Following revelations Friday that the Justice Department under Presidents Trump and Biden had sought to secretly seize the email records of four New York Times reporters in a leak investigation — a legal battle that included an extraordinary gag order on Times lawyers and senior executives — the Justice Department said Saturday it would, going forward, prohibit the seizure of source information from reporters in leak cases.
The White House said it agreed with the move, which will allow reporters to protect their confidential sources in these investigations.
Bruce D. Brown, Executive Director of the Reporters Committee for Freedom of the Press, made the following statement:
“We welcome the Justice Department’s commitment to no longer seek source information from reporters in leak investigations. But serious unanswered questions remain about what happened in each of these cases. To ensure it does not happen again, we look forward to pursuing additional policy reforms with the Biden administration to further safeguard these essential rights.”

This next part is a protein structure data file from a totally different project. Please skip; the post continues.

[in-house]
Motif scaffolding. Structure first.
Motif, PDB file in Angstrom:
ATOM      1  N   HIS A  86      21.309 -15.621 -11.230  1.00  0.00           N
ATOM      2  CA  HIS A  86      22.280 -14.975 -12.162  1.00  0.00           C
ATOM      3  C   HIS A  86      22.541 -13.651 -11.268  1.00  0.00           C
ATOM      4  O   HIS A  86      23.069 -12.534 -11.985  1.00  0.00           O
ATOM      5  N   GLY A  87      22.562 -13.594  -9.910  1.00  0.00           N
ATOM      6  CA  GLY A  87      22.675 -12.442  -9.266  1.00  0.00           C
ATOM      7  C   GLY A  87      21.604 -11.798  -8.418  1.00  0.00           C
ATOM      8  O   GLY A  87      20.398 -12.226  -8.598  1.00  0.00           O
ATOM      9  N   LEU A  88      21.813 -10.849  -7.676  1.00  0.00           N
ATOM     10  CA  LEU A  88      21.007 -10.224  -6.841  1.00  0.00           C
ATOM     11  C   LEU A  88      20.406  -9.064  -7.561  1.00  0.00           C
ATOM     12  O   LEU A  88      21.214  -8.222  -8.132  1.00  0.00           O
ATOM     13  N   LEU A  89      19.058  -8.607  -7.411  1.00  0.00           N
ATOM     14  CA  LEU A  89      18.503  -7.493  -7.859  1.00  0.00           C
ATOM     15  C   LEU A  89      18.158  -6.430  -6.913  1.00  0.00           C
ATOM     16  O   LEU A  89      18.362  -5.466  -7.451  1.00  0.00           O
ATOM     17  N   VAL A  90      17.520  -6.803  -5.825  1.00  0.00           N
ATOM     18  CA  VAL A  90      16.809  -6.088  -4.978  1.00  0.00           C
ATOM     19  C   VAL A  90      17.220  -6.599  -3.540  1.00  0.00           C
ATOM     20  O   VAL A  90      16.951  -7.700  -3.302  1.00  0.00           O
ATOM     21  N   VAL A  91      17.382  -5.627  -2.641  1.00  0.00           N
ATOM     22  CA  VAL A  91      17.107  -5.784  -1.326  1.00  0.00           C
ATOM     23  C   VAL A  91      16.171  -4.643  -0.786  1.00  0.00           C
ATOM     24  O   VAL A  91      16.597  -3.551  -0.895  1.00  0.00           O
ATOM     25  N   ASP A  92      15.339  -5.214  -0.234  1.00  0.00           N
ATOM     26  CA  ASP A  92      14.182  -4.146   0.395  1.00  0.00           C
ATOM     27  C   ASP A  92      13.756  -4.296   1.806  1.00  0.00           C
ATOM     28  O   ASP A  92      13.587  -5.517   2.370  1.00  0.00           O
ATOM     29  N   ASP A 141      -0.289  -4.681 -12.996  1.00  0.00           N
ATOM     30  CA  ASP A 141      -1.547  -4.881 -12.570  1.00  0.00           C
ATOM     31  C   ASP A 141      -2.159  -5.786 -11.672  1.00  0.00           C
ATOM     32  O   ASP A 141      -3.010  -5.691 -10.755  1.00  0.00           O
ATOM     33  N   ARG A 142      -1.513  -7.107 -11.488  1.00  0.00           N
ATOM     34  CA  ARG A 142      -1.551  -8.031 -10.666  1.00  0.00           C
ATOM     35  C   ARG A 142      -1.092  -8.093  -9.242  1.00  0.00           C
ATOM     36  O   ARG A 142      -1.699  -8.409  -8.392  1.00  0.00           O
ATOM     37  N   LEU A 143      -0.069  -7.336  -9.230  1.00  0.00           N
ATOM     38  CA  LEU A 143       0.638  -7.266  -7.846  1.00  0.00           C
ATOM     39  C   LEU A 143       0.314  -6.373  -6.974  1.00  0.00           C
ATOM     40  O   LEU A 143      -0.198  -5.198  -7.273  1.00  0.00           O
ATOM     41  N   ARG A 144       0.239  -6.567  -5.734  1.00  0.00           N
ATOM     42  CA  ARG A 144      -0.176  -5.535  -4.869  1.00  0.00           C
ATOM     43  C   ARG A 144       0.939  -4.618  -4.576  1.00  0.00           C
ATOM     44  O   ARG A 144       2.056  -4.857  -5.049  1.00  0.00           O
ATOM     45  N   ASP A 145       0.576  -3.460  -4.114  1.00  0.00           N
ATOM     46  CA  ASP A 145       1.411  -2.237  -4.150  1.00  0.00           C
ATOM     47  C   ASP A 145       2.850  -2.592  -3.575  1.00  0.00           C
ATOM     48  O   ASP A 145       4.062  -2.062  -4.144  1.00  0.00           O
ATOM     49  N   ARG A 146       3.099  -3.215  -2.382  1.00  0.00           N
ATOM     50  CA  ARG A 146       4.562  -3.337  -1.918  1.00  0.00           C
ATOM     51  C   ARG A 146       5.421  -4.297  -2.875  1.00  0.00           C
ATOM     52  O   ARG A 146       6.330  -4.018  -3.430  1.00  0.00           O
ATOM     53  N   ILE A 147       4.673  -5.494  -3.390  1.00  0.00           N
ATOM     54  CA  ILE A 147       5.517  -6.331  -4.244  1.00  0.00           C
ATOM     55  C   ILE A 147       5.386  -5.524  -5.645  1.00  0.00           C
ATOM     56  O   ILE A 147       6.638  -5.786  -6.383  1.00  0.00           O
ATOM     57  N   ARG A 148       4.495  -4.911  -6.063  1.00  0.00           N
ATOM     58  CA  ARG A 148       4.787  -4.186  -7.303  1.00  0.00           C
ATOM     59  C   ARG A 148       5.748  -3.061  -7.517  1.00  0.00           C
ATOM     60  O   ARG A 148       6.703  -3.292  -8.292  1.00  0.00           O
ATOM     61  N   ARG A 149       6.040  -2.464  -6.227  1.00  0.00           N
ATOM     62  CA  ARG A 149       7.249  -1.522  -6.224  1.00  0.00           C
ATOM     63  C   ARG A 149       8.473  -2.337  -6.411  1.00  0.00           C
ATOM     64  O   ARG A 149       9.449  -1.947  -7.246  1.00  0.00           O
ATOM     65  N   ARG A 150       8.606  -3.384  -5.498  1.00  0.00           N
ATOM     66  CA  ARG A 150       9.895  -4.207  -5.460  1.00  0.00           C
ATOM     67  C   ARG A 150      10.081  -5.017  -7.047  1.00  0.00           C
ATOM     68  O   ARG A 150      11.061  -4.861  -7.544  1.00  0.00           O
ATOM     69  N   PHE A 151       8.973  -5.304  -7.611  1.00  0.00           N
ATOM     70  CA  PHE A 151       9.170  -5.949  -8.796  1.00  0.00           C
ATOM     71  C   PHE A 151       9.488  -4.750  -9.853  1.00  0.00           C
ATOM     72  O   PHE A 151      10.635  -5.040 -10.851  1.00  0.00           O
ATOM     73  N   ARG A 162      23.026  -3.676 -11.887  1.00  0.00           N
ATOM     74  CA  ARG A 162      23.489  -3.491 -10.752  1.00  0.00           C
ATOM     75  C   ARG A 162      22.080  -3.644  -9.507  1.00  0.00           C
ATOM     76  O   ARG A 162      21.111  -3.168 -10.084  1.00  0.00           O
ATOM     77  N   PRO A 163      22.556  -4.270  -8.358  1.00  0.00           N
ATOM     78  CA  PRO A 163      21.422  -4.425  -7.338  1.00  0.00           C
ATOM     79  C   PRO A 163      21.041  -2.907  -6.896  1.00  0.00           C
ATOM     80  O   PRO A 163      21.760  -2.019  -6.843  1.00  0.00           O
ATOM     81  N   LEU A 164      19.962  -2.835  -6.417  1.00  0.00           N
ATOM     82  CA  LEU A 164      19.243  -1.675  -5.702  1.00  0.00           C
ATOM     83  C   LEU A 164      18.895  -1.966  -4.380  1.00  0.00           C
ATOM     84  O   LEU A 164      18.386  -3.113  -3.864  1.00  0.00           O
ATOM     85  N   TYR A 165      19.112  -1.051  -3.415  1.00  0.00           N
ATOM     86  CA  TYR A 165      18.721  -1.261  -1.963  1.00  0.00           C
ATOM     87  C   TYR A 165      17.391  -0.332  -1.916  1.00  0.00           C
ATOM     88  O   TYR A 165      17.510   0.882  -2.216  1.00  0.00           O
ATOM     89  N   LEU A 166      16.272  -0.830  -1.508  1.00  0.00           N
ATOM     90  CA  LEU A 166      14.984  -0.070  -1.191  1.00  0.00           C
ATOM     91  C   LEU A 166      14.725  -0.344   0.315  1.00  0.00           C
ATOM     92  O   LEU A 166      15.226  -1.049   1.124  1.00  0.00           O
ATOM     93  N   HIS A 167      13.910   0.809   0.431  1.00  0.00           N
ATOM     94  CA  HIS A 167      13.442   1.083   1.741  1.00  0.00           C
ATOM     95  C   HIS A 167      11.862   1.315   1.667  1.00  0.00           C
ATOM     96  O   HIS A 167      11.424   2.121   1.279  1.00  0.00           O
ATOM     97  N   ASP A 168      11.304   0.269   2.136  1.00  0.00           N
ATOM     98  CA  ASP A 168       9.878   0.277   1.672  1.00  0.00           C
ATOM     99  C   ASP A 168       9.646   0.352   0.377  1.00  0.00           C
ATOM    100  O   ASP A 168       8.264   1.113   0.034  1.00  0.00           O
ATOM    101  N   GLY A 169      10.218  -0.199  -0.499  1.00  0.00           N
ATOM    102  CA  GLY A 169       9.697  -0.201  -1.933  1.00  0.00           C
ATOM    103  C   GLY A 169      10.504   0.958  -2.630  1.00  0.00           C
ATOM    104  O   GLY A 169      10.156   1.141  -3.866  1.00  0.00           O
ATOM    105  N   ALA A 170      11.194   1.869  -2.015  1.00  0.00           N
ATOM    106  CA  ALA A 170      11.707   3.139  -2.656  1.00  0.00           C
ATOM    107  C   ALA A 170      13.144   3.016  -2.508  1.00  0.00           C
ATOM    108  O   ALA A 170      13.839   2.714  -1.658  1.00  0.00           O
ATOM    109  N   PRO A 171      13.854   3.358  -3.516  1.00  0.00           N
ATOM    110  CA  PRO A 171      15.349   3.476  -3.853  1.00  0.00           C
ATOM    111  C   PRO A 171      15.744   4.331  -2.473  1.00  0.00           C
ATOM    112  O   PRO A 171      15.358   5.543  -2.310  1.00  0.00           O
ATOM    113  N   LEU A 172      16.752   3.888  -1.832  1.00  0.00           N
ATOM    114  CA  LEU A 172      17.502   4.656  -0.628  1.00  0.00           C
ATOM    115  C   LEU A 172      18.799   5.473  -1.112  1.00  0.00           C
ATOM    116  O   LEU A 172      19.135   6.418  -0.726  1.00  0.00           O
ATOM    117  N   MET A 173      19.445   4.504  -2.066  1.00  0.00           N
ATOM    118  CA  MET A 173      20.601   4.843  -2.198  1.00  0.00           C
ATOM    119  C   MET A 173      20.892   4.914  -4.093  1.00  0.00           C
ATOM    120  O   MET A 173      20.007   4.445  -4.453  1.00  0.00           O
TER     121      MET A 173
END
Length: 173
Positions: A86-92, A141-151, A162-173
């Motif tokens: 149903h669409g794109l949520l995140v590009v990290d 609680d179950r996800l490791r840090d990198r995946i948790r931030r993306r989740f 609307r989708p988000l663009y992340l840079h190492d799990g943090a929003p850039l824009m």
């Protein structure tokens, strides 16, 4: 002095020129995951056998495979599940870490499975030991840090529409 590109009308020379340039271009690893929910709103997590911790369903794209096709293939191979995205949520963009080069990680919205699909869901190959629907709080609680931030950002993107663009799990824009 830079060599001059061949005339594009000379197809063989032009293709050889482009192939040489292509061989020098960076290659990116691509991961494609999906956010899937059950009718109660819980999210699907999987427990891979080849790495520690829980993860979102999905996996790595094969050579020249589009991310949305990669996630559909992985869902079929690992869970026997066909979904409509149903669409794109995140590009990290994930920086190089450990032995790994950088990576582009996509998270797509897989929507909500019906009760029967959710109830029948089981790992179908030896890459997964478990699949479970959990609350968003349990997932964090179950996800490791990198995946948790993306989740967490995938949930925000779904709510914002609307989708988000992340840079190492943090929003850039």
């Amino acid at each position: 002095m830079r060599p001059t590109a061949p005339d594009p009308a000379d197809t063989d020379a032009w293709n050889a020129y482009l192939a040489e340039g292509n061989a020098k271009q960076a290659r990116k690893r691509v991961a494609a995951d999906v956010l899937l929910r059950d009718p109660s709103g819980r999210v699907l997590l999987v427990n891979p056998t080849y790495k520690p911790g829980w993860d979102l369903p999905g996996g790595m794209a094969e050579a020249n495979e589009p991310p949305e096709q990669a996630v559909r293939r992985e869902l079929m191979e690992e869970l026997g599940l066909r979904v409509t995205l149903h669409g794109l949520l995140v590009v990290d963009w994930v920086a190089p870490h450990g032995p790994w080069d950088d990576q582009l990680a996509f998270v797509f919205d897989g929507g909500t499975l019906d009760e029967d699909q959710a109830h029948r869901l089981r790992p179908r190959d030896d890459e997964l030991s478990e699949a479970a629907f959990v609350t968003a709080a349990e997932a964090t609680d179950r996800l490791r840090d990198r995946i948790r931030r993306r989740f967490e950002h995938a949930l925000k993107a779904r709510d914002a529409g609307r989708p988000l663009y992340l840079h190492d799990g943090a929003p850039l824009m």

Since 2013, the Reporters Committee has led a group of media organizations in working with the Justice Department to strengthen and preserve the federal guidelines that protect journalists and news outlets from being forced to disclose their confidential sources or other newsgathering records in the course of leaks probes or other federal investigations.
The events Friday and Saturday follow a series of disclosures by the Biden administration that President Trump’s Justice Department authorized secret phone records seizures from reporters at the Times, the Washington Post and CNN. The department also sought email records from the Post and CNN, and was successful in obtaining those records in CNN’s case.
In its Saturday statement, the Justice Department confirmed that it had reviewed all pending demands for records from journalists in leak investigations, and that all affected reporters had been notified.
The Reporters Committee regularly files friend-of-the-court briefs and its attorneys represent journalists and news organizations pro bono in court cases that involve First Amendment freedoms, the newsgathering rights of journalists and access to public information. Stay up-to-date on our work by signing up for our monthly newsletter and following us on Twitter or Instagram.